We had no interest in actually attending the upcoming mass and so, like many other visitors, completed a cross-shaped circuit of the cathedral, taking photos of some of the more interesting details to the backdrop of the general low murmur of people talking, only occasionally broken up by a voice over a speaker reminding people to be silent. There were a couple of areas you could queue for a short period to walk through that took you to a higher view down the nave of the church as well as down a few steps into the crypt housing the relics of Saint James and two of his disciples; photography was tricky in both these areas on account of the general crush of people constantly moving through them.

Leaving the cathedral through the gift shop (naturally) we emerged back into the streets of Santiago de Compostela in Praza da Quintana on the eastern side of the building. This gave us a chance to take a quick scan around at the various landmarks in view, notably the main towers of the cathedral (the Clock Tower and the Treasure Tower with its seemingly out-of-place pyramidal top) while we got our bearings and consulted our maps to work out the route to our next destination.

If we’re going to have enough free time to explore a place when we’re travelling – as opposed to taking an excursion that effectively eats up all the time we’re present – then we research the area beforehand and typically have a not-cast-in-stone idea of what we might want to see. It’s only a wish list and we’re flexible enough to bend with whatever the weather or surprises on the day may throw at us but we do try to make sure that there’s at least something on it that’s not provided on any of the offered tours. There’s something special about visiting a place and not only seeing the obvious, big tourist elements but also something potentially unique amongst the people you’re with if only to give you something different to talk about. On this trip to Santiago de Compostela we’d spotted an interesting-looking museum just to the northeast of the Old Town called Museo do Pobo Galego (about fifteen minutes away on foot from the cathedral) and with plenty of time in hand it was in this direction that we set off.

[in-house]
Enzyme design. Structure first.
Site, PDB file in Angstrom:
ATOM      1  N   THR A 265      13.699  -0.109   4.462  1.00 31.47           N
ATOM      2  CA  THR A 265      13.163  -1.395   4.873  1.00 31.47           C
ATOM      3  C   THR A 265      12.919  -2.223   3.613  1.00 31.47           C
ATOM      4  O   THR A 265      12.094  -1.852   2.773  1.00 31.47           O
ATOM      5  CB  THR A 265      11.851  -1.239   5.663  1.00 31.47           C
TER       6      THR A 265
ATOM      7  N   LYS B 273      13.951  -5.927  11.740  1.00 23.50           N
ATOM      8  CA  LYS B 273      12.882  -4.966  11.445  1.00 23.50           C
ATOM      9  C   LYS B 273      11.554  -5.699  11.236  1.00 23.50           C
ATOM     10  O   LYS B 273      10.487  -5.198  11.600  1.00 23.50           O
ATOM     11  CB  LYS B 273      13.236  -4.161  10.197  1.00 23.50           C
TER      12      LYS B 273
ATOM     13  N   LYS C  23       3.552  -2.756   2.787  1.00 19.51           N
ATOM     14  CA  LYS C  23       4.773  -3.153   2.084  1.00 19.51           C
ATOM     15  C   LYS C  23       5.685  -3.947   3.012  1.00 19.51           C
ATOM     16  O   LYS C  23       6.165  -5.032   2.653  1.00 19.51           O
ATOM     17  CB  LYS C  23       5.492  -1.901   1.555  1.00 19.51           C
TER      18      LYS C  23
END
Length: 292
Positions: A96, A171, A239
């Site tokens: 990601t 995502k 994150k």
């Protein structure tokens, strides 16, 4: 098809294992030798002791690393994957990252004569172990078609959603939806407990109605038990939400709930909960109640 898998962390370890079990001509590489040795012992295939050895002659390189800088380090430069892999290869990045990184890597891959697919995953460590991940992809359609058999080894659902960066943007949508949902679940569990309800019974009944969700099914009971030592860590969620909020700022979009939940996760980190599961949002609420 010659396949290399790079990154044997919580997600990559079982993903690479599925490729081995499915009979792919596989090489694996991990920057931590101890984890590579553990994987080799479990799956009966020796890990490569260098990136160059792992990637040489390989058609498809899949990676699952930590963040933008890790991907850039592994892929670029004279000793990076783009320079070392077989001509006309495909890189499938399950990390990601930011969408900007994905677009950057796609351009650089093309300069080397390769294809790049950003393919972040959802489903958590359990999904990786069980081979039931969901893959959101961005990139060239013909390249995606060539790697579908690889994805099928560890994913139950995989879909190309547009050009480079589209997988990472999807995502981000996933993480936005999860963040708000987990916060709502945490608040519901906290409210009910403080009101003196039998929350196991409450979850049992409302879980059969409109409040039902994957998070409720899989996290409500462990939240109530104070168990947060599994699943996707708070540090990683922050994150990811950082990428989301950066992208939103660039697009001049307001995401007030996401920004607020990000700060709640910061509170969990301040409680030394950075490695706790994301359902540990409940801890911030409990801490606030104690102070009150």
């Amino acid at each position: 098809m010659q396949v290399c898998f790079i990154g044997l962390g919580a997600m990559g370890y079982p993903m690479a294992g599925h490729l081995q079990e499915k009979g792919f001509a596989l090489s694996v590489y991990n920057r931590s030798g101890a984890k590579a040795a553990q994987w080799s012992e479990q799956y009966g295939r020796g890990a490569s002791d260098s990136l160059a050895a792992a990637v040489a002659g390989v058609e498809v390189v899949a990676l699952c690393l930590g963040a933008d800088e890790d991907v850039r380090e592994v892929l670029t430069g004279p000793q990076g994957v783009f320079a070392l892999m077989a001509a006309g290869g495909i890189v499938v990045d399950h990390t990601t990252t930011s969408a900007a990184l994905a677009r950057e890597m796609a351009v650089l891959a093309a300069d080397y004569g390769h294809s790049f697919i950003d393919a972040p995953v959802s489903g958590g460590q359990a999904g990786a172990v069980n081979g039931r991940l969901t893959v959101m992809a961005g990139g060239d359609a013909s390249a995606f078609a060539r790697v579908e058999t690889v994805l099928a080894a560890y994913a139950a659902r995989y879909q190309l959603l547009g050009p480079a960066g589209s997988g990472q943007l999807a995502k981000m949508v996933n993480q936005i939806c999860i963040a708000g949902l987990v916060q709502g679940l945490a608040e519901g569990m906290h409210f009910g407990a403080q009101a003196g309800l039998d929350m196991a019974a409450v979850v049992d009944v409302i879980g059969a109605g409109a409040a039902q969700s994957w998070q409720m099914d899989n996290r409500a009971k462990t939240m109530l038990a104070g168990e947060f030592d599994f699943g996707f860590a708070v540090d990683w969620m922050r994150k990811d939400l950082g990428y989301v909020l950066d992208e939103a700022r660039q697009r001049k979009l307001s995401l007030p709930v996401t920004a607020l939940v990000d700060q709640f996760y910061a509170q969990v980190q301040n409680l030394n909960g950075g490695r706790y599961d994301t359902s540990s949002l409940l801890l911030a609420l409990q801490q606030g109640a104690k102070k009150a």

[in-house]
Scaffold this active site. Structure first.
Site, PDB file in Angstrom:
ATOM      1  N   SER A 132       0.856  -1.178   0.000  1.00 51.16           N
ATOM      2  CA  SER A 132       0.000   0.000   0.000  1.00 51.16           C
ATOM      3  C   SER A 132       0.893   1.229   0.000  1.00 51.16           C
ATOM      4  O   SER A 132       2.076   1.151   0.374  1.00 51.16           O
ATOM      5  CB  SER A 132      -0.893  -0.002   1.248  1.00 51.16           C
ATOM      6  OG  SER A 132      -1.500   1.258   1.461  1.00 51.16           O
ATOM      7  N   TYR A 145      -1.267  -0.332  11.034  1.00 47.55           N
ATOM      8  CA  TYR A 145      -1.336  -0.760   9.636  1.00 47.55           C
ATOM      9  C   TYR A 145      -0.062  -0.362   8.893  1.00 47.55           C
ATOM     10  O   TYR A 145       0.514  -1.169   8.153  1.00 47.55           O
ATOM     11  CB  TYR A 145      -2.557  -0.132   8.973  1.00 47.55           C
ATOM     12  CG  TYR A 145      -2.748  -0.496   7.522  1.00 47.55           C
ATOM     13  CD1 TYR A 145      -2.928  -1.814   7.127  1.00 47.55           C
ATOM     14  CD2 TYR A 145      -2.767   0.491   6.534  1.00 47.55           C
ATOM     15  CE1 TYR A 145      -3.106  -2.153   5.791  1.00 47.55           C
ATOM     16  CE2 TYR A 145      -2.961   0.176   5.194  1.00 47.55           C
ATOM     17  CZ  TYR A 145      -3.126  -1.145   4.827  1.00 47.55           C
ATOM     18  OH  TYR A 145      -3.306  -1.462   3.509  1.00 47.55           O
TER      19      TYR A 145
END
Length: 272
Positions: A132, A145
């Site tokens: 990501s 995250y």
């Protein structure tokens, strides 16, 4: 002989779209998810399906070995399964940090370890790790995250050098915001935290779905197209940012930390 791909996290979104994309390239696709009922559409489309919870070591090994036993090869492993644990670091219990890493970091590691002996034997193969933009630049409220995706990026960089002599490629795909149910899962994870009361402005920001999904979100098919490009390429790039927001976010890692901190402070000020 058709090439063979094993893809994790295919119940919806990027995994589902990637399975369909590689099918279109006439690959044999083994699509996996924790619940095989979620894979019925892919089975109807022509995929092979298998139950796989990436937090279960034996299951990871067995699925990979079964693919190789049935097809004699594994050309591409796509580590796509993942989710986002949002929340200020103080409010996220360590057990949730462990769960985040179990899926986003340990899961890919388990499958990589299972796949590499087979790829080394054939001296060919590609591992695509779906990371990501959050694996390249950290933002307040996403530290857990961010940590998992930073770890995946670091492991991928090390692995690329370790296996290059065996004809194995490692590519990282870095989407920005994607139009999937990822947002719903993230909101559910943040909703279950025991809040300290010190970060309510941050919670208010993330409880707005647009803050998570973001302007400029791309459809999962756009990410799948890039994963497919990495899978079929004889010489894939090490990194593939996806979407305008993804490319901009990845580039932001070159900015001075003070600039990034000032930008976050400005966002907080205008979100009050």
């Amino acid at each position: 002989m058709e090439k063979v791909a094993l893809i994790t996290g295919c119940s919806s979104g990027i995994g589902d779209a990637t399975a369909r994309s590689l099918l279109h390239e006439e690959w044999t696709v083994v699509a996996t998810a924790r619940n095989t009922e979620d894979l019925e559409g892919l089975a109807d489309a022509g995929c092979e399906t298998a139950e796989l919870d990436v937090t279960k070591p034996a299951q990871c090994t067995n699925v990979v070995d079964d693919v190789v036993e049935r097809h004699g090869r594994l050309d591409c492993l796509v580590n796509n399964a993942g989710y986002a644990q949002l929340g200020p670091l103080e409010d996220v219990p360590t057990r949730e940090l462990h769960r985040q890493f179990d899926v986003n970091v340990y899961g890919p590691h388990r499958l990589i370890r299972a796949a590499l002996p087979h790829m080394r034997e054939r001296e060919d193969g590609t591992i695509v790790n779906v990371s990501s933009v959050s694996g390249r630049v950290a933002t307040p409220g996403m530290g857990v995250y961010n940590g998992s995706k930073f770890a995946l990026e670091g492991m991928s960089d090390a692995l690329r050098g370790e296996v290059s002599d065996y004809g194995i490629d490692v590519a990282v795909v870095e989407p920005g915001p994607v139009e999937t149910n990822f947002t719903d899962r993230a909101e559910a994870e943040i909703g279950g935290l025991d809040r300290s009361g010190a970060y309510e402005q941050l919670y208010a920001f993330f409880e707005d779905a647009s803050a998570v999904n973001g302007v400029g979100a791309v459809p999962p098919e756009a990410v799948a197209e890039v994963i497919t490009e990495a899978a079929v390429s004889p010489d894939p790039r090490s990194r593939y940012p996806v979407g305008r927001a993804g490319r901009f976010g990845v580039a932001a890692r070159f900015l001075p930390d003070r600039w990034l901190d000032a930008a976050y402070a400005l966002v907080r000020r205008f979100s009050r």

One of the first buildings we passed was a monastery – the Mosteiro de San Paio de Antealtares – which had a small window through which it was possible to buy cakes off nuns. We decided we didn’t need any cakes and I thought it best out of respect not to take any photos of this event taking place but it did make us smile and if you’re after a cake baked by a nun I’ve got nowhere else I could possibly recommend. Being still fairly early in the day – not quite noon at this point – the narrow streets were mostly empty and many of the places we walked past that could possibly have been restaurants or bars were closed up but there were enough interesting-looking buildings or statues to keep my camera-finger happy.

It was fairly easy to spot when we’d emerged from the Old Town of Santiago de Compostela as the architecture suddenly modernised a little and traffic suddenly appeared on roads. Still bearing roughly northeast we crossed over the Rúa da Virxe da Cerca and headed up the slight incline of the Costa de San Domingos towards the largest building in view which was our destination, the museum. To the left of it as we approached there was a delightfully modernist structure suitably housing contemporary art. We talked about visiting it after the museum but as it turned out we spent longer there than planned so decided to pass on it this time around.

The second post of our cruise excursion in Santiago de Compostela will cover our visit to the Museo do Pobo Galego (museum of the Galician people).


Leave a Comment

Your email address will not be published. Required fields are marked *

This site uses Akismet to reduce spam. Learn how your comment data is processed.